Re no. 5: how does travel insurance for business work in the US? Would you be covered under that policy for any emergent issues, or are there a whole slew of covid-exceptions and conditions?

    1. Asenath*

      My employer had their own travel insurance policy, but I left just pre-COVID, so I don’t know how they handled that. But in general, that meant all employees traveling for work were covered for emergencies.

    2. hamsterpants*

      This does feel like something travel insurance should cover, though you might have to read the fine print and possible request your company add coverage. Covering costs to change a flight because you’re sick is very standard. The extended hotel stay may or may not be covered depending on specifics, especially depending on whether the stay is at your travel destination or at your home city.

    3. anonymous73*

      I can’t say for sure, but travel insurance is generally for money you’ve already spent, not money you may possibly spend if something bad happens.

      I will say that I’ve looked into travel insurance recently and they do now include COVID policies, but again, it’s for money you’ve already spent yourself. We booked a trip in Jan 2020 for that following summer and bought travel insurance. But apparently it didn’t cover a pandemic, even thought we weren’t IN the pandemic when we purchased it. Thankfully the company gave us a credit and we were able to use it last summer.

      1. Sloanicota*

        Yes, I recall reviewing a few travel insurance policies that precluded covid-related issues.

      2. Raboot*

        There are definitely travel insurance policies now that cover extra days in a hotel due to COVID.

        1. anonymous73*

          Yes, but if the company is footing the bill, how exactly would you purchase travel insurance for yourself in the case of needing to stay longer?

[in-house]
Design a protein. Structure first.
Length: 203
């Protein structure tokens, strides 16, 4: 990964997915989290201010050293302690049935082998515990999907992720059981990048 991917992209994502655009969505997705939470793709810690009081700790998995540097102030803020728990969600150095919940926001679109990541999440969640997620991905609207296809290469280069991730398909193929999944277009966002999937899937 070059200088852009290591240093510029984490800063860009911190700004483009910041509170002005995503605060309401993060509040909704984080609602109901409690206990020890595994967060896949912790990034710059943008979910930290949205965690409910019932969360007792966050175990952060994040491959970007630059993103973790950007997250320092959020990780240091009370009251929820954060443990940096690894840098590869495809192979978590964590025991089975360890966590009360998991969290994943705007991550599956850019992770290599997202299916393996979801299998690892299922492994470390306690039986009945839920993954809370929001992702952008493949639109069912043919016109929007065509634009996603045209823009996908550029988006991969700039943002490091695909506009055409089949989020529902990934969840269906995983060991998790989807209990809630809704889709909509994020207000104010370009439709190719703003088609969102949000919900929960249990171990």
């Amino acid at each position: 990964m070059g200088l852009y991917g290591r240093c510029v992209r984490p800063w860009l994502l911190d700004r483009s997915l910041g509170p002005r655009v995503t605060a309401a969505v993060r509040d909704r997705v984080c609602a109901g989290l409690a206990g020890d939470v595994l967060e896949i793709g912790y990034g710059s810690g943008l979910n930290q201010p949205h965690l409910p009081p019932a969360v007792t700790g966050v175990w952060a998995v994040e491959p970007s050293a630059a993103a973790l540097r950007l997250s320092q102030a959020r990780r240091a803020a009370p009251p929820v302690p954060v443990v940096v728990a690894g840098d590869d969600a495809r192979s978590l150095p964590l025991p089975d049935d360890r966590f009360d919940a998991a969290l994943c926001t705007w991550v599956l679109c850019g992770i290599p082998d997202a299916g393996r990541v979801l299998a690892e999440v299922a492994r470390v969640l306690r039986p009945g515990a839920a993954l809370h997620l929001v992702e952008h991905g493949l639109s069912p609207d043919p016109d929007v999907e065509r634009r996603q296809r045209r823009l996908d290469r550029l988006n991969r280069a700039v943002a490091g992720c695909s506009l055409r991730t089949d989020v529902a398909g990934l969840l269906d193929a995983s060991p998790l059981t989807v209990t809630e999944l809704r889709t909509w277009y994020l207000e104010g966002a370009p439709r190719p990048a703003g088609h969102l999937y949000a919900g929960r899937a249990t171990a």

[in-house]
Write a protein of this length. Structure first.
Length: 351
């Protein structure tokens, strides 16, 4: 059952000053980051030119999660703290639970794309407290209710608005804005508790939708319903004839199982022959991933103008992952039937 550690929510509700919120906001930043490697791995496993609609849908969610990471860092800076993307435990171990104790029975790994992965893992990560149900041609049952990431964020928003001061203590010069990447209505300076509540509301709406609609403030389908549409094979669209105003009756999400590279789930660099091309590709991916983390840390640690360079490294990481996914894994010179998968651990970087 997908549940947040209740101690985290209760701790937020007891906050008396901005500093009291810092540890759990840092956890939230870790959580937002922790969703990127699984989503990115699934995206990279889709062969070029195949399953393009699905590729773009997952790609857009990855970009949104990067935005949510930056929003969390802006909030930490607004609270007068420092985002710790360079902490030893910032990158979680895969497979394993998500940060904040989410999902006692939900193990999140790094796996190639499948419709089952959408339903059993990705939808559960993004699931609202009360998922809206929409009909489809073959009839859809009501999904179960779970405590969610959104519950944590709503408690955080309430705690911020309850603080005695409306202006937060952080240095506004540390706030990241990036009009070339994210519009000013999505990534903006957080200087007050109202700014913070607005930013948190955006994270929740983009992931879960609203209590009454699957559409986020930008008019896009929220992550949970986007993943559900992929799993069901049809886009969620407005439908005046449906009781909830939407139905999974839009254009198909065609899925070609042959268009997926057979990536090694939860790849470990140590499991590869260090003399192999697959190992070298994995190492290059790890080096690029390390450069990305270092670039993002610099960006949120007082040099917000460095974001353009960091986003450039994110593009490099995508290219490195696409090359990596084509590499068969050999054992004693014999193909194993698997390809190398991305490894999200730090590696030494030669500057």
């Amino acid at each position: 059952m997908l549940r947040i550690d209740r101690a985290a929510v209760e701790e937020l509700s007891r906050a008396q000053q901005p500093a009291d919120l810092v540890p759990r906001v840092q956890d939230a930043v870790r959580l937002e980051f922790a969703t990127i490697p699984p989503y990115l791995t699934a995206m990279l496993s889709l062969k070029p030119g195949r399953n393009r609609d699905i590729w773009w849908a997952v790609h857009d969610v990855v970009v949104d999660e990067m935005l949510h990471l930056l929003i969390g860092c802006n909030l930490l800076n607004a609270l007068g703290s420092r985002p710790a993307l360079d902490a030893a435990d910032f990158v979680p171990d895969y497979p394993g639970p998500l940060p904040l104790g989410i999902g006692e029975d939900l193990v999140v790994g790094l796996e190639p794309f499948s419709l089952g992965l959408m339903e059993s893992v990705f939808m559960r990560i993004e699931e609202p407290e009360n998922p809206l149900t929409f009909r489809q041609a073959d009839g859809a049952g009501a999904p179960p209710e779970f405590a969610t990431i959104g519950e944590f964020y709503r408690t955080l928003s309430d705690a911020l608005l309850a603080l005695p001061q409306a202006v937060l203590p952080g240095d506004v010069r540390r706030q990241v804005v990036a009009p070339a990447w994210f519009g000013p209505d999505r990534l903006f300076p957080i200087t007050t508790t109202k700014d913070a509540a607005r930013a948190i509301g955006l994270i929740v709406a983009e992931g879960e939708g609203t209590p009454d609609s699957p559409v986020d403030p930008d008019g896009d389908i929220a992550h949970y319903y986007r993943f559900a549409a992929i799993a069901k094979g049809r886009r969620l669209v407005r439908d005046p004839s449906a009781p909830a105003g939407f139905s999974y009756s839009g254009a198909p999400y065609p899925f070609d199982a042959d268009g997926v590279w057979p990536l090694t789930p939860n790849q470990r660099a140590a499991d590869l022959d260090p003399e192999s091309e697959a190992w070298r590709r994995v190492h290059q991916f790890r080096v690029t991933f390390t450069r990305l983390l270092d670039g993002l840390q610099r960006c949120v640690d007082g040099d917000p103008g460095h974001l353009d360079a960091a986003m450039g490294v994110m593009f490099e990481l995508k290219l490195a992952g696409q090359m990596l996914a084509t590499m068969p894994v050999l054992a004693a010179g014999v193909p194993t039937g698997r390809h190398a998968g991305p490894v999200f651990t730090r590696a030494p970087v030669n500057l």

1. Glomarization, Esq.*

            You would call a travel insurance provider and ask about plans. It doesn’t matter who’s paying for the travel in the first place. If you think you’re at risk of having to pay out-of-pocket for expenses related to an unexpected change of travel plans due to COVID or another emergency, then you get insurance for that risk.

          2. Sequoia*

            I think the idea is that the company likely has a travel insurance policy that covers all employee travel. I don’t think anyone was suggesting that the employee should personally buy travel insurance to cover a trip the company is paying for.

      3. Quoi*

        See, I ask about travel insurance because I was stranded in Chicago for 2.5 weeks as a result of the 2010 Icelandic volcano eruption, coming back from a work trip to New Orleans.

        While I had a company credit card so wasn’t immediately out of pocket myself, having the insurance helpline was very helpful, and we absolutely claimed all my extra expenses, including the additional fees I had to pay my cat sitter and the jacket I needed because the weather in Chicago in March is very different to that in New Orleans. Travel insurance should (as I understand it) cover expenses as a result of an emergency while travelling, not just what you spent before you travelled.